Diamond optical gratings to enable new uses in spectroscopy and high-power laser control
Using an oxygen plasma, gratings with atomic-level smoothness can be etched into diamonds.
(Image: Alain Herzog / EPFL 2017)
Thanks to a new technique developed at École polytechnique fédérale de Lausanne (EPFL; Lausanne, Switzerland), optical diffraction gratings can now be made out of pure diamond, with their surfaces smoothed down to the atomic level. These new devices can be used to spectrally control high-powered lasers or in cutting-edge spectrographs. The technique was presented at the International Conference on Diamond and Carbon Materials DCM2017 (5 September, 2017; Gothenburg, Sweden).
Diamond gratings have properties that are ideal for both spectroscopy and the optical components used in high-powered lasers. Diamonds are unmatched in terms of their thermal conductivity, which is between five and ten times greater than that of any other material used for this purpose. Diamonds are also chemically inert, extremely hard, and work well with UV radiation, as well as infrared and visible light.
Oxygen cuts diamonds
The technique developed by the team, which was led by EPFL professor Niels Quack, is groundbreaking because it allows well-defined shapes to be etched into millimeter sized single-crystal diamond plates, with the grooves separated by just a few microns and with atomically smooth surfaces. The researchers used synthetic diamonds created via chemical vapor deposition (CVD).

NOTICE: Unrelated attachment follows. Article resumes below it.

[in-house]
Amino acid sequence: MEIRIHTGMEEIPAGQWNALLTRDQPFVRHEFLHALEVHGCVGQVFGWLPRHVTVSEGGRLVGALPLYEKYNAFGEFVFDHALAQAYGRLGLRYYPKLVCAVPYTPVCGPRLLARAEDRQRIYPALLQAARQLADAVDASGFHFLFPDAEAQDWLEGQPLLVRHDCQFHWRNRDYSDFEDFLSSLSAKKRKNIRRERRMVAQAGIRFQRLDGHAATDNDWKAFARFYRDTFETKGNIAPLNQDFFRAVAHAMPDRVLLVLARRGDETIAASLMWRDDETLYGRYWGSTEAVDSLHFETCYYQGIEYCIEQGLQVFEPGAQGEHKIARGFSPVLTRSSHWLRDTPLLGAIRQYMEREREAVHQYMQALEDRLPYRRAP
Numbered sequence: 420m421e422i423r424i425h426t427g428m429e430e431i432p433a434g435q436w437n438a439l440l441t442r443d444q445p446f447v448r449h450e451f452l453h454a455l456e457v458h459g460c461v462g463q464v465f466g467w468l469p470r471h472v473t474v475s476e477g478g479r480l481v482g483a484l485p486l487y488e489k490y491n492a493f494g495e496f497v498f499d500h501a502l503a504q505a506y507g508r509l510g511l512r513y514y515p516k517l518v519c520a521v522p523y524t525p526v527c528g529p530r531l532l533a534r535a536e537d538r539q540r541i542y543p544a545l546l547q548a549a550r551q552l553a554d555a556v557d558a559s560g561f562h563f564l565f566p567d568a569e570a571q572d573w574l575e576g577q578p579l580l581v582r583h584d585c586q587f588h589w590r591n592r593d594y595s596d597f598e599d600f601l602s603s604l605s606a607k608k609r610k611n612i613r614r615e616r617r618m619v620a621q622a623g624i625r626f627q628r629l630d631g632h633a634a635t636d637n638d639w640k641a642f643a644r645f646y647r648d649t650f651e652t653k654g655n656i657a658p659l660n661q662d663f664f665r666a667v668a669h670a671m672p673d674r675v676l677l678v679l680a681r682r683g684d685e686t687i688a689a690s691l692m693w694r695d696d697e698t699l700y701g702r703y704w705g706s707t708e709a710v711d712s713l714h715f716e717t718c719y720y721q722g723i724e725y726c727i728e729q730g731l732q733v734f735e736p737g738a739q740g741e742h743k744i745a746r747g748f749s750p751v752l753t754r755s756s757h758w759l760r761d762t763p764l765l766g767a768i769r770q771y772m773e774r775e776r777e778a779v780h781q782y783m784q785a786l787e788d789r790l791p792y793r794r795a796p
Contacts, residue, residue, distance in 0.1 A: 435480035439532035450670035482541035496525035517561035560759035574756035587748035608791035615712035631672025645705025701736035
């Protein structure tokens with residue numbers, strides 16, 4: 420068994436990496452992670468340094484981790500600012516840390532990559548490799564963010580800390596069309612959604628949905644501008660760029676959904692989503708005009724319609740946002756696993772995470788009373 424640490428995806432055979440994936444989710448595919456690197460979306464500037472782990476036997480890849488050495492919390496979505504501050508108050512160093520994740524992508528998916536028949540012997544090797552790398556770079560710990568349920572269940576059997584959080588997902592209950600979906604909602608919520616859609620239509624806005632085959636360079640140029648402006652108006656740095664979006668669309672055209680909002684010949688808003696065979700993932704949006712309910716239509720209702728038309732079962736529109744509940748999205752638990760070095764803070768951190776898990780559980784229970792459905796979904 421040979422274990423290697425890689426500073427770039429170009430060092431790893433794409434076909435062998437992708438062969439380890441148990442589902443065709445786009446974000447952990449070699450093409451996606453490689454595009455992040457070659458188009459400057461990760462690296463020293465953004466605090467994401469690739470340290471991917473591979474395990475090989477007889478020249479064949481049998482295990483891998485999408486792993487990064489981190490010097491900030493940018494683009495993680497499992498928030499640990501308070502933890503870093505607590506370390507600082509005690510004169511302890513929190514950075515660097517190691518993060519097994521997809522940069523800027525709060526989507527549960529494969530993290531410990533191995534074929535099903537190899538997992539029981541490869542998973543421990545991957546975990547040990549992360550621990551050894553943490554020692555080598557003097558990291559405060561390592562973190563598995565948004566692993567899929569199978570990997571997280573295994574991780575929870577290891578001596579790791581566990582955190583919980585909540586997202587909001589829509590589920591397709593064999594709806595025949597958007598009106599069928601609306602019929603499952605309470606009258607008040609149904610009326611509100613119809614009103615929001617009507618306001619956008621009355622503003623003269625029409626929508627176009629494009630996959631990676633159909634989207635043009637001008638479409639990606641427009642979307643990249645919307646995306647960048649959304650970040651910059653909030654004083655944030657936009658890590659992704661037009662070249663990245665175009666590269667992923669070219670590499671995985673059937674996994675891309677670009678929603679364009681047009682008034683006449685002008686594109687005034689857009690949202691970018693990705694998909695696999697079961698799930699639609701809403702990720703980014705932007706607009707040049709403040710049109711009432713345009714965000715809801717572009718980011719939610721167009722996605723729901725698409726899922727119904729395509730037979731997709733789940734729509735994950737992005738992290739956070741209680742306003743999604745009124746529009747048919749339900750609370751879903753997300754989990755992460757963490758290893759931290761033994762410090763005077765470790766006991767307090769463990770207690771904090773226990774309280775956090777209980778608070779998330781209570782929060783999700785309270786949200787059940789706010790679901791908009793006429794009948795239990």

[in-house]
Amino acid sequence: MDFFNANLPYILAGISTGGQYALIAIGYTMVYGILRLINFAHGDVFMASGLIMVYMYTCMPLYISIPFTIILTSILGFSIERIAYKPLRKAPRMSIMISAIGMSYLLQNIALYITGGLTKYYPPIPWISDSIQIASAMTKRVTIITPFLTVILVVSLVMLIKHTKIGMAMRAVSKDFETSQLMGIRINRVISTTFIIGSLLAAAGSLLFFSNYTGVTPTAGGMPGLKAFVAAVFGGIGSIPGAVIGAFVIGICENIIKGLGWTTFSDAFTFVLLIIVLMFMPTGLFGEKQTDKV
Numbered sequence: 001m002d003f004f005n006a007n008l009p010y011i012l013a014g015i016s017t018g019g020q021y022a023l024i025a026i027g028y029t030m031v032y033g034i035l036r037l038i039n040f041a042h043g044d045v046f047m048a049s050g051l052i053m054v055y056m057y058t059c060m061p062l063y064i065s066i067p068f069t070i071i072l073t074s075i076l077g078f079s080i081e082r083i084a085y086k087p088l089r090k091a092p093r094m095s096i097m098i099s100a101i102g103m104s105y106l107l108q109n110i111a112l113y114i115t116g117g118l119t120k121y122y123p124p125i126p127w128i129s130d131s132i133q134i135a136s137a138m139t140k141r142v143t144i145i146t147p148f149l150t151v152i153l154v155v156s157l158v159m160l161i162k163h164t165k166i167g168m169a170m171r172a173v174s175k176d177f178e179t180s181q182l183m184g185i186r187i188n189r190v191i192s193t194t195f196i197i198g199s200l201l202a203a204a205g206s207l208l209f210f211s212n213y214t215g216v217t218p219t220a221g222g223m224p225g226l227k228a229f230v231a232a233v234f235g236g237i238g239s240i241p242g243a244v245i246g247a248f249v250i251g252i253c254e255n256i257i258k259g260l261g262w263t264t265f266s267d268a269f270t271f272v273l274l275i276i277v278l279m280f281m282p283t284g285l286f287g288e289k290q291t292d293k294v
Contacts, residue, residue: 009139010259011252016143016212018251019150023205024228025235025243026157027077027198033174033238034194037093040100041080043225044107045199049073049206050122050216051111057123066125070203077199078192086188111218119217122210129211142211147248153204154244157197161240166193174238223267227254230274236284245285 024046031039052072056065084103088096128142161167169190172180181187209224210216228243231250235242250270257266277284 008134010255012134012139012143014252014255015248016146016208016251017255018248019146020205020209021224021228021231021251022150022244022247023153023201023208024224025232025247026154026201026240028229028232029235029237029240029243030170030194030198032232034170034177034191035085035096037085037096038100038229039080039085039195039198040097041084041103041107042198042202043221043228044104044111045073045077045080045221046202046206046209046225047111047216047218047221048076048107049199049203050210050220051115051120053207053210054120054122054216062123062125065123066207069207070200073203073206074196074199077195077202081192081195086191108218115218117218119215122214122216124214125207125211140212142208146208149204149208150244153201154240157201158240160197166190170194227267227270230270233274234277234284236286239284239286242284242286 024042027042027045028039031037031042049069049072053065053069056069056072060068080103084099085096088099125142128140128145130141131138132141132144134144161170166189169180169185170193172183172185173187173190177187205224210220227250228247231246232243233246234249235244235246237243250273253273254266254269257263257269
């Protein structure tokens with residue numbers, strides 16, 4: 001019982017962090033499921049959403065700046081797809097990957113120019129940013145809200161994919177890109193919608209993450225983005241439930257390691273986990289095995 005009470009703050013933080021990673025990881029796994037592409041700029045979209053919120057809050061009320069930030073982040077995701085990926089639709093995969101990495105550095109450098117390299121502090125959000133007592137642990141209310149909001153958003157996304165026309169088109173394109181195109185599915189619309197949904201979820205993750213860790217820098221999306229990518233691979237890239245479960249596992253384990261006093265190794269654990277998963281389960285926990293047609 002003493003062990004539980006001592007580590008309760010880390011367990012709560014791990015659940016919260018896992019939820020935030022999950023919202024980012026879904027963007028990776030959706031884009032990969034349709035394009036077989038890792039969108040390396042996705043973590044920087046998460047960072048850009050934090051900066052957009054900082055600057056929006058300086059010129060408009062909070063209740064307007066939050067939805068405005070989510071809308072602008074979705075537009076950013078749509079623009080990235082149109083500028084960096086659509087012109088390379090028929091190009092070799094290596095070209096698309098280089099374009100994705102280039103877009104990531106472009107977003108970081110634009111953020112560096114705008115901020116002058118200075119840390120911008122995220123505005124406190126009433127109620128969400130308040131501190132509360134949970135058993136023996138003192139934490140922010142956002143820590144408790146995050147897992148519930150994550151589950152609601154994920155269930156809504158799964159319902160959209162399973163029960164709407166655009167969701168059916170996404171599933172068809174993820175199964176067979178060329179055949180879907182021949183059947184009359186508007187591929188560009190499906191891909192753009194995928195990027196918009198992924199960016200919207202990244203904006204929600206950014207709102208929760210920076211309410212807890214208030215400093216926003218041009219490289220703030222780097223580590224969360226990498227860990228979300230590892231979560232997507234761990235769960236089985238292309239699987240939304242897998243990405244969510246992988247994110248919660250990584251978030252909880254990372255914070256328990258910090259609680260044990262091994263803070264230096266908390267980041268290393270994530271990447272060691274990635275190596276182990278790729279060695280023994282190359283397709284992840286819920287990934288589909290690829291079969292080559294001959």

The diamonds are etched in several stages. First, a hard mask is deposited and structured on the surface of a diamond plate, which is then exposed to an oxygen plasma. The oxygen ions in the plasma are accelerated onto the surface of the diamond by an electric field. Where not covered by the hard mask, the oxygen ions remove carbon atoms from the diamond's surface one by one.
"By adjusting the intensity of the electric field, we can alter the shape we etch into the diamond," says Quack. "For the diffraction gratings, we carve out triangular grooves that are just a few microns apart from each other. We adjust the process parameters to selectively reveal a set of well-defined crystal planes, allowing us to create V-shaped grooves that are smoothed down almost to the atomic level. It is impossible to get this kind of precision when the diamonds are simply cut with a laser."
This new technology, which was developed using the facilities in the Center of MicroNanoTechnology (CMI), is the subject of a recent patent application. The same principle has already been used using silicon, but it had never before been demonstrated in diamond. In recognition of the importance of this contribution, doctoral student Marcell Kiss has been shortlisted as one of the six finalists of the Young Scholar Award DCM2017.